UPDATE, 12:45: Cash said Robertson was taking better swings Friday and so he wanted to move him up today, liking the idea of having three straight right-handers vs. a LHP they don't know much about. ... Souza was still smiling this morning about his failed dive attempt last night, and the reaction it got. .. The …

  2. Why the Lightning should keep Jonathan Drouin

    Lightning Strikes

    Keep him.

    Jonathan Drouin is live bait. The Lightning is ready to run the hook through him and cast him out there again. Drouin has enough talent for the Lightning to meet some defensive needs in a deal.

    Keep him.

    Lightning wing Jonathan Drouin celebrates after beating Los Angeles Kings goalie Peter Budaj during the first period of Tuesday's win in Tampa. [DOUGLAS R. CLIFFORD   |   Times]
  3. Why the Lightning would consider trading Jonathan Drouin

    Lightning Strikes

    TAMPA — This summer, the Lightning could trade one of its most dynamic young players ever.

    Tampa Bay Lightning left wing Jonathan Drouin (27) celebrates with his team on the bench after beating Chicago Blackhawks goalie Scott Darling (33) to score his second goal of the period and to tie the score at 4 to 4 during second period action at the Amalie Arena in Tampa Monday evening (03/27/17).
  4. This Tampa Bay Lightning wing rides the newest wave of fan interaction

    Lightning Strikes

    TAMPA — There are photos of Lightning fan Shaun Egger as a toddler at center ice at the then-Thunderome, aka Tropicana Field. He's played in the Lightning's high school hockey league for Palm Harbor University. But his closest personal encounter with players had been waving through a crowd after a training camp …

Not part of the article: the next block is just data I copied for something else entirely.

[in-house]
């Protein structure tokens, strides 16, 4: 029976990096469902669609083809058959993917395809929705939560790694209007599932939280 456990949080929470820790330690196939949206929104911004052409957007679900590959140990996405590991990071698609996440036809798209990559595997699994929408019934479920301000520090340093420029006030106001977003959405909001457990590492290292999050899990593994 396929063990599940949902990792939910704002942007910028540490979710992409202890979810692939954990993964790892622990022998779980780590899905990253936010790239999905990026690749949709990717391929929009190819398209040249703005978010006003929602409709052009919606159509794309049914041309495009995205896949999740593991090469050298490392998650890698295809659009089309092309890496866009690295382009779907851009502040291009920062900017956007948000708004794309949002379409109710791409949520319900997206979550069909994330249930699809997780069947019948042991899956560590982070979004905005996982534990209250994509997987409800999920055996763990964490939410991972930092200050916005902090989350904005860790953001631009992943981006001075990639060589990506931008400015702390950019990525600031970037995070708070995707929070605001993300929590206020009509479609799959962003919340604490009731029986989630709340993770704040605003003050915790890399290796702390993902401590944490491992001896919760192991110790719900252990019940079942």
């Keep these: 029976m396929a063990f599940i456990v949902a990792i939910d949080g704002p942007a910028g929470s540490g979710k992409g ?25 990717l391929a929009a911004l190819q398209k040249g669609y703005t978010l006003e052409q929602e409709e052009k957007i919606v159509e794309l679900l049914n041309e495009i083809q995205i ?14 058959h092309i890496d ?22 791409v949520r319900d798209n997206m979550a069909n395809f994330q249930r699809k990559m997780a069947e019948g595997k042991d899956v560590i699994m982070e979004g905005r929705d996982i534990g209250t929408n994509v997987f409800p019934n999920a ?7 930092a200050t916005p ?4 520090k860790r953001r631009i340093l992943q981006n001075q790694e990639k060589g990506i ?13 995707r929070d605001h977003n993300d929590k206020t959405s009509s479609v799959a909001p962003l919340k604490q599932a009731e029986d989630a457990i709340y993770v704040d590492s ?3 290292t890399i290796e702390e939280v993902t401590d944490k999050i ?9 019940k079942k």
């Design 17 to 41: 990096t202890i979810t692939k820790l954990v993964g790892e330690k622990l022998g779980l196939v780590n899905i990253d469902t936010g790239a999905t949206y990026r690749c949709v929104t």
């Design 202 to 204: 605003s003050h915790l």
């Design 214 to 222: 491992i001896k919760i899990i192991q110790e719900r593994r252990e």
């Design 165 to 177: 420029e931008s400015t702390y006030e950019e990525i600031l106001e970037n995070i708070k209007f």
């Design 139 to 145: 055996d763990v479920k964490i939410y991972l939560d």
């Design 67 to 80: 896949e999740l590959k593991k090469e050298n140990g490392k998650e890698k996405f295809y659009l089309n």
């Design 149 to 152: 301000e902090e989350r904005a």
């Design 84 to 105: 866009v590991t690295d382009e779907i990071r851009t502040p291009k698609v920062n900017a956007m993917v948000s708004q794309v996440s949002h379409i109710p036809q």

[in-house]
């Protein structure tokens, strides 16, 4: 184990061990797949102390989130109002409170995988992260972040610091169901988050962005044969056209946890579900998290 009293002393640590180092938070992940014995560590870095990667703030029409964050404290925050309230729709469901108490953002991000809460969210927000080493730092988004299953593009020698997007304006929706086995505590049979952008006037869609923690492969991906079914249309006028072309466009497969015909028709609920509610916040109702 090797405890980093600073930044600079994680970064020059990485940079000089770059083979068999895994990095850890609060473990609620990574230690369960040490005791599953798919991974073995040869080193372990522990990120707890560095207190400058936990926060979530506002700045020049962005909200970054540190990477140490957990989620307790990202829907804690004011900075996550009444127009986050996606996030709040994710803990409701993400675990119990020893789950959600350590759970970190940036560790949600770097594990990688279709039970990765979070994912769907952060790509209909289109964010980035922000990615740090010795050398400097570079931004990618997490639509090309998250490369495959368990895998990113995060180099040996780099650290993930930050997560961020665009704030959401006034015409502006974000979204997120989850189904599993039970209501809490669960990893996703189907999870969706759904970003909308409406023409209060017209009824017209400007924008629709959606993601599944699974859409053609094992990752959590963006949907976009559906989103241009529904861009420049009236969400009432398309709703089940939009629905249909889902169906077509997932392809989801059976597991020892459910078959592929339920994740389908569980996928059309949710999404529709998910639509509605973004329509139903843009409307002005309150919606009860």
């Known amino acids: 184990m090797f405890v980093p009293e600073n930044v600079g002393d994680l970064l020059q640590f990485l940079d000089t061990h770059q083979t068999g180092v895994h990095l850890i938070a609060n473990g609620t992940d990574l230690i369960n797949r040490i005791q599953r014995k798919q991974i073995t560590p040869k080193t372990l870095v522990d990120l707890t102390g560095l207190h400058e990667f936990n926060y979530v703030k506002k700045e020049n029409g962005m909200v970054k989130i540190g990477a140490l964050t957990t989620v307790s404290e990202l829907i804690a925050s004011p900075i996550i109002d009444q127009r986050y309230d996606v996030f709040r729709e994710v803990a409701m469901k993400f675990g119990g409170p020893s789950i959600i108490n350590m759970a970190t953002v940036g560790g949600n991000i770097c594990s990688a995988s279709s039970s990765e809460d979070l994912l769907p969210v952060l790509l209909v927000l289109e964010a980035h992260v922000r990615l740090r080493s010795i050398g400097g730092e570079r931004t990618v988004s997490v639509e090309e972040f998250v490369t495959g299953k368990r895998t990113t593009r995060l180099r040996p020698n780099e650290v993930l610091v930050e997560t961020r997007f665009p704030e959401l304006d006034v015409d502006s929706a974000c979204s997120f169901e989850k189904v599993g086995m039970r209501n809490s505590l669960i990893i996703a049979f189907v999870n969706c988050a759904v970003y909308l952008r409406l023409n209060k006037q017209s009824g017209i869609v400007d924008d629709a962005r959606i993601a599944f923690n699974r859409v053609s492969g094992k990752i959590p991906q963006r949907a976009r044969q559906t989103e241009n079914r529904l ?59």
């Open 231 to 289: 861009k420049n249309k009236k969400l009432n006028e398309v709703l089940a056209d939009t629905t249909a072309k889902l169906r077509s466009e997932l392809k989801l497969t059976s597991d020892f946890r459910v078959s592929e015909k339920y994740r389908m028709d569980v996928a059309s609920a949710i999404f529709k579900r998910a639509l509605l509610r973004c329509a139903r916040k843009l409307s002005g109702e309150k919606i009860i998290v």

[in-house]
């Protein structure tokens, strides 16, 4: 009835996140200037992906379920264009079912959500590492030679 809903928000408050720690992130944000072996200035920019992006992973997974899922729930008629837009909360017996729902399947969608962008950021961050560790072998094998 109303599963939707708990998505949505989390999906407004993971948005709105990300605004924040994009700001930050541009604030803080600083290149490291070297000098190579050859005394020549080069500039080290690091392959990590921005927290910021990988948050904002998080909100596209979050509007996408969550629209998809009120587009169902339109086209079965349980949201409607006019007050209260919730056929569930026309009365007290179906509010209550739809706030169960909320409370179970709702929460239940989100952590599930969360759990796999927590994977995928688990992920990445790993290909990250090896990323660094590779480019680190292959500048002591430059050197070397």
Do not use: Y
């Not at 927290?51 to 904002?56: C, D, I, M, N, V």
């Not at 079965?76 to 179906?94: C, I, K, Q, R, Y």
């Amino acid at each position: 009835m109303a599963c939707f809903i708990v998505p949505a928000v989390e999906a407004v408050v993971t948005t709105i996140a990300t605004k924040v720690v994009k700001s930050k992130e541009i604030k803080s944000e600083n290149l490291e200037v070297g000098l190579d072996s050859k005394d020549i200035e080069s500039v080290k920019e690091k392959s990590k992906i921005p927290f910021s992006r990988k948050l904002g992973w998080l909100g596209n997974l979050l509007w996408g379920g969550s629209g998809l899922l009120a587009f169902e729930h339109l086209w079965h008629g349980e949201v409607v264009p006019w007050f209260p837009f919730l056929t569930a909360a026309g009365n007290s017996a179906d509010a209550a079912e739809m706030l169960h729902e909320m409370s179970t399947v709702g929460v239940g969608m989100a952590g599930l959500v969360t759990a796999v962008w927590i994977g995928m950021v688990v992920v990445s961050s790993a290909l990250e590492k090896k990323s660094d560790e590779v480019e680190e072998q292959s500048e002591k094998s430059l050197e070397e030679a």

Tampa Bay Lightning player J.T. Brown wears his anti UV glasses as he talks over the headset with a hockey fan while they play against each other on line in an XBOX NHL video game in Brown's game room at his home in south Tampa. The fan chose to be the Washington Capitals and Brown, of course, was the Tampa Bay Lightning. Brown interacts with fans through video game systems as he streams the games live on Twitch with plans for the proceeds to go to charity.
  5. ‘Biggest fight' behind her, Petra Kvitova returns ahead of schedule

    Tennis

    PARIS — Five months after a home invader's knife sliced into her left hand, Petra Kvitova will return to competitive tennis at the French Open, a last-minute decision to make her comeback earlier than expected.

    Petra Kvitova adjusts her hair during a news conference at Roland Garros Stadium, where she will make her tennis return at the French Open. Kvitova's left hand was badly injured by a knife-wielding intruder in December; she has recovered ahead of schedule. [Associated Press]